September 2019
Volume 19, Issue 10
Open Access
Vision Sciences Society Annual Meeting Abstract  |   September 2019
A new method to compute classification error
Author Affiliations & Notes
  • Abhranil Das
    The University of Texas at Austin
  • R Calen Walshe
    The University of Texas at Austin
  • Wilson S Geisler
    The University of Texas at Austin
Journal of Vision September 2019, Vol.19, 87. doi:https://doi.org/10.1167/19.10.87
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      Abhranil Das, R Calen Walshe, Wilson S Geisler; A new method to compute classification error. Journal of Vision 2019;19(10):87. doi: https://doi.org/10.1167/19.10.87.

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      © ARVO (1962-2015); The Authors (2016-present)

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Abstract

The sensitivity index d’ is used ubiquitously to express the error rate in classification and detection tasks. In the general case with multiple cues that can have arbitrary variances and pairwise correlations, and unequal prior class probabilities, the decision boundary separating the classes is a complex surface. This makes it challenging to compute the error rate integral, and there currently exists no single algorithm that works reliably in all cases. Standard integration procedures may require grids that are inefficiently large and fine, converge slowly, yet may miss relevant parts of the space unless tailored case-by-case. These obstacles impede the testing and optimization of models. We present a new method to compute error rates simply, reliably and fast, for all cases up to 3 dimensions. This is founded on a mathematical transformation of the feature space that converts all cases into a single canonical form that is simple and spherically symmetric. In polar coordinates that can exploit this symmetry, the radius integral has a known analytical form, and the angle integral is computed over the same bounded grid of angles, for all cases. Our open-source MATLAB function based on this method computes error rates and d’, returns the optimal decision boundary, accommodates custom suboptimal boundaries, and produces plots to visualize the distributions and the decision boundary. We have applied this method to compute error rates for an ideal observer analysis of a detection task in natural scenes. This was a particularly challenging case for a traditional integration method because: i.) there are three correlated cues used for detection, ii.) error rates are extremely small (below machine precision) in some conditions, and iii.) the decision boundary varies unpredictably across conditions. We find that this method recovers the true error rate quickly and accurately, and to an arbitrary level of precision.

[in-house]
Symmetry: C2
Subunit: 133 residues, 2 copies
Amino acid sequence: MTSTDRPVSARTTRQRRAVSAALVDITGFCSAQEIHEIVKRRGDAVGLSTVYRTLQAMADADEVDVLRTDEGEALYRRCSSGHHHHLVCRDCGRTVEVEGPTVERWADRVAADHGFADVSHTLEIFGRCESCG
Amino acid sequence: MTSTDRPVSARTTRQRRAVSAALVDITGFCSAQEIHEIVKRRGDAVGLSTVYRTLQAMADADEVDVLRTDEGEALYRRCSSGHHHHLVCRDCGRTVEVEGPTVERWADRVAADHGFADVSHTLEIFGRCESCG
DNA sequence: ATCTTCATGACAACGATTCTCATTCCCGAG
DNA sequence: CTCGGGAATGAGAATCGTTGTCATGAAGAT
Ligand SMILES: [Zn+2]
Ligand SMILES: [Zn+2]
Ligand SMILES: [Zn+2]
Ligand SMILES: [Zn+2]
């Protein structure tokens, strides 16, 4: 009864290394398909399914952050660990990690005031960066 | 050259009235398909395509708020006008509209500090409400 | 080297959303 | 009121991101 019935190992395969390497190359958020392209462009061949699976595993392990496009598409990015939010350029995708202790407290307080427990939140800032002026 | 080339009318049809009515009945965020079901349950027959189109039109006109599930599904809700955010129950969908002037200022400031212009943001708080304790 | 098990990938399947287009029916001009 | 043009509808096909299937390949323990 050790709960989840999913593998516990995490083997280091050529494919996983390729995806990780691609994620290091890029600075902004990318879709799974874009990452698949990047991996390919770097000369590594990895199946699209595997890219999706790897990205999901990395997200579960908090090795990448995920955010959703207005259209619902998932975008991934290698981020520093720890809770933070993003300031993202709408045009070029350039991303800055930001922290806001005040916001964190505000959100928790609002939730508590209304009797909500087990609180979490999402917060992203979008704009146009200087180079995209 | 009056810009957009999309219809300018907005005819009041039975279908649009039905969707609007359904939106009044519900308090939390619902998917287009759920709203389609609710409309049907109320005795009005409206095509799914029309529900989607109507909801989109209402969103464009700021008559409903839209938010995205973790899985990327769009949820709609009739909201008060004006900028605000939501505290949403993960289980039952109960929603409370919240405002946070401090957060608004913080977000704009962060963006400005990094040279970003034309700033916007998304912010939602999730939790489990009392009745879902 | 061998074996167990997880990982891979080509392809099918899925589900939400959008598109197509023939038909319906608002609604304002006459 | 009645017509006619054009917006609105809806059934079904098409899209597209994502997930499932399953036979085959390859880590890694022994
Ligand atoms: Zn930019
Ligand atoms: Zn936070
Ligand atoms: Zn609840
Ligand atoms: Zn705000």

Acknowledgement: NIH grant EY11747 
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